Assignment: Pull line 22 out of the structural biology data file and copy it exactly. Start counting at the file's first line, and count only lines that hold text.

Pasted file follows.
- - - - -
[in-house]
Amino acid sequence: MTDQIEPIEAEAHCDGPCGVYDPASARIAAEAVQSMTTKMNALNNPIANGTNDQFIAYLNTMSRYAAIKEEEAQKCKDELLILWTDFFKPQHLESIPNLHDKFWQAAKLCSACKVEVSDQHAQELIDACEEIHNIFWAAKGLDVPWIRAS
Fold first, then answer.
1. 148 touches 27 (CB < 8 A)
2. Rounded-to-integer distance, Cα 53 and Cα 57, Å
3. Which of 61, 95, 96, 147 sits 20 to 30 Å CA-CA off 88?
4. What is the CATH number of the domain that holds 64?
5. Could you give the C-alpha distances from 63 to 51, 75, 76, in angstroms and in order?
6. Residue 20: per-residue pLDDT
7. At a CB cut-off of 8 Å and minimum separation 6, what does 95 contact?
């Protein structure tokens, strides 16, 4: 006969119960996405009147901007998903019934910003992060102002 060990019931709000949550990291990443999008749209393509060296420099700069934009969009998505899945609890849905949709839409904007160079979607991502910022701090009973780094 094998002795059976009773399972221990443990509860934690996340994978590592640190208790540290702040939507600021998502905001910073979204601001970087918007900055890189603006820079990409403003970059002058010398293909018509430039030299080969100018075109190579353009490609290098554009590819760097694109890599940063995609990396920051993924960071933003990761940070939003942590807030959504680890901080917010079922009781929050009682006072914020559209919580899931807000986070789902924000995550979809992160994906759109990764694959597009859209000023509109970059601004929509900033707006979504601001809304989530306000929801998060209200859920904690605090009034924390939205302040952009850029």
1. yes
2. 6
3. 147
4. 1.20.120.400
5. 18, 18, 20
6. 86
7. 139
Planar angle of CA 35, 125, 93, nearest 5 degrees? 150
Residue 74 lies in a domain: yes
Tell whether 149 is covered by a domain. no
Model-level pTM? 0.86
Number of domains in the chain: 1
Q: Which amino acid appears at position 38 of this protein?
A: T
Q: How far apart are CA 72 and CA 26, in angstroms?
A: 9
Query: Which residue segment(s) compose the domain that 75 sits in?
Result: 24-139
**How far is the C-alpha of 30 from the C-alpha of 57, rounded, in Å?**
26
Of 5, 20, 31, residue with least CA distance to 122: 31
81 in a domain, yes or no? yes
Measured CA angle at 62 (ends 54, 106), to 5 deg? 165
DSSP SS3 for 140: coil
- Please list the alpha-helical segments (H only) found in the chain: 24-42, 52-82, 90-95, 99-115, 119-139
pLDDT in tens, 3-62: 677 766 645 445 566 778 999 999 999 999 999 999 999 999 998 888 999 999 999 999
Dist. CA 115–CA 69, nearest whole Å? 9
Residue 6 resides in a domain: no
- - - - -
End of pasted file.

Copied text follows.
Model-level pTM? 0.86